Use this URL to cite or link to this record in EThOS: https://ethos.bl.uk/OrderDetails.do?uin=uk.bl.ethos.761375
Title: The experiences of Registered Nurses in delivering end-of-life care for vulnerable older adults : an interpretive phenomenological analysis
Author: Shanahan, Denise Julia
ISNI:       0000 0004 7651 9036
Awarding Body: Cardiff University
Current Institution: Cardiff University
Date of Award: 2018
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Abstract:
Background The largest numbers of people dying in the UK are over 85. They are more likely to have multi-morbidity and frailty contributing to vulnerability at end-of life. This study critically explores seven registered nurses (RN's) professional experience of delivering end-of-life care for vulnerable older adults. Method Data was collected using minimally structured interviews. Interpretive Phenomenological Analysis (IPA) was employed and assisted in 'giving voice' to the concerns of these RN's. The RN's were asked to describe a memorable clinical experience(s) of end-of-life care involving vulnerable older adults with frailty. This approach was designed to provide focus and to elicit their experiences grounded in clinical practice. Consistent with the philosophical approach of IPA, the RN's individual experiences were analysed descriptively, conceptually and linguistically. They were subsequently combined to elicit their shared experiences. A review of the literature concerning the experiences of delivering end-of-life care was subsequently interwoven with the findings of this study. Finally to deepen the analysis, their stories were interpreted using the theoretical frameworks of comfort theory, awareness and temporal aspects of dying, and knowledge-in-practice-in-context. A section on reflective practice concludes this discussion. Findings Much of the RN's experiences are not novel. The overarching shared experience is that memorable clinical dying and death experiences are imbued with 'emotional work'. This is underpinned by the common themes of 'knowing' and 'doing'. Facilitation of the good enough death involved awareness of dying, recognising imminent dying and being able to provide comfort for the patient and their loved ones. Barriers involved futile treatments, staff and family's unpreparedness, and inability to provide sustained comfort. The original contribution of this study includes a little gem "older people's deaths are more run of the mill", the problem of a good enough death for whom, and IPA contributing to the development of reflective nursing knowledge and practice.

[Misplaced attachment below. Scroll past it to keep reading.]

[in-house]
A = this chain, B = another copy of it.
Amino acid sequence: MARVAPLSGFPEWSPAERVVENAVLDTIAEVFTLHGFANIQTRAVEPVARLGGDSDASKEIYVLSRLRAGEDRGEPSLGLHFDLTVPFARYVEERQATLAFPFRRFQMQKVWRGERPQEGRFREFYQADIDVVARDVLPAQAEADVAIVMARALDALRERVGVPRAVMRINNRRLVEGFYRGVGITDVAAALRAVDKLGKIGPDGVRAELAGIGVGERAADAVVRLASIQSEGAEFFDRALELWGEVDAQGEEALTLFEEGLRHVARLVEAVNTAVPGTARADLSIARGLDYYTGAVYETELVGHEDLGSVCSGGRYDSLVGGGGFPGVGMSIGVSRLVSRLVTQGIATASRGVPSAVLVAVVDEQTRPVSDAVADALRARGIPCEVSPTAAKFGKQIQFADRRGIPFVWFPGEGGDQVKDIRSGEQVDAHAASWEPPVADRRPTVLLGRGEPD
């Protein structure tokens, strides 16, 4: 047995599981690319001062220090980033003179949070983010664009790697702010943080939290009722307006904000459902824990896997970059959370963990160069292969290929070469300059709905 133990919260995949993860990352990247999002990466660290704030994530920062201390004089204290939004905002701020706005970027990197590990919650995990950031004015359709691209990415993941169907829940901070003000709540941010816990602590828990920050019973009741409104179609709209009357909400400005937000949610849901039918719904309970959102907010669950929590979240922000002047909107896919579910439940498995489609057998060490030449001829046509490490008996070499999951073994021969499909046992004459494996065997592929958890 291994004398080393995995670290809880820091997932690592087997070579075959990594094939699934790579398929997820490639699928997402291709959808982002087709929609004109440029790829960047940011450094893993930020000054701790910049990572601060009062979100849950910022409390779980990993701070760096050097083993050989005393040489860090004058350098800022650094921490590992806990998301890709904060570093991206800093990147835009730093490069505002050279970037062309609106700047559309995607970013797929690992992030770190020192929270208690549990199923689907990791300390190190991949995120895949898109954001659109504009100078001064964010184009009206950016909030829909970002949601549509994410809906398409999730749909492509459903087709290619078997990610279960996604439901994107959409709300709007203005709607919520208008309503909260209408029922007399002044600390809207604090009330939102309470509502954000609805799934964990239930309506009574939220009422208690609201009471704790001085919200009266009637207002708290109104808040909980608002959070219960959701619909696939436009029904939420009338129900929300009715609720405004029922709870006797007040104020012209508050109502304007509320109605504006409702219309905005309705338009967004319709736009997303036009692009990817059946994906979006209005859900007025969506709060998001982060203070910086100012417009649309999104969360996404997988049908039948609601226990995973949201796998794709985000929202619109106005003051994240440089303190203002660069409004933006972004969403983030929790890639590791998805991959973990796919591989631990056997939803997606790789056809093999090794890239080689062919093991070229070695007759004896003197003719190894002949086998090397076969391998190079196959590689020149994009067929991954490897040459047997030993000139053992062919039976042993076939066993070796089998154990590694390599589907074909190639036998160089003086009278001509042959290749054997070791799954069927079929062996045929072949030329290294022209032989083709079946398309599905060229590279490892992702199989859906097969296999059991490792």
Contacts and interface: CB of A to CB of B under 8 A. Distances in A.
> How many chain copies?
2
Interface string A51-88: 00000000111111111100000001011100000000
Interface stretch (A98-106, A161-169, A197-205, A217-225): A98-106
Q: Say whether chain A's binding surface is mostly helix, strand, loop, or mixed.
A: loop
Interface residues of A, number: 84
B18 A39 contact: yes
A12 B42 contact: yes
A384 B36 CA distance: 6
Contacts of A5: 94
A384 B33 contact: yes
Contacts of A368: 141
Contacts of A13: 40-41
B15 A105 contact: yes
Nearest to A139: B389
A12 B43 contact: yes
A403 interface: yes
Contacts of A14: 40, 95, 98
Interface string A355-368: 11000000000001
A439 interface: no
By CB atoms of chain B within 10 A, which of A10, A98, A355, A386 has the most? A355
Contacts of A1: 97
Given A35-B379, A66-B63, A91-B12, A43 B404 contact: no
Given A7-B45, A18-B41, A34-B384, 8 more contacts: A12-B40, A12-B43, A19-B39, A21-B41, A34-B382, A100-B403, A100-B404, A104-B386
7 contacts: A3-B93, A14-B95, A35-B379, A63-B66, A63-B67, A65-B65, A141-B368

Supervisor: Not available Sponsor: Not available
Qualification Name: Thesis (D.A.H.P.) Qualification Level: Doctoral
EThOS ID: uk.bl.ethos.761375  DOI: Not available
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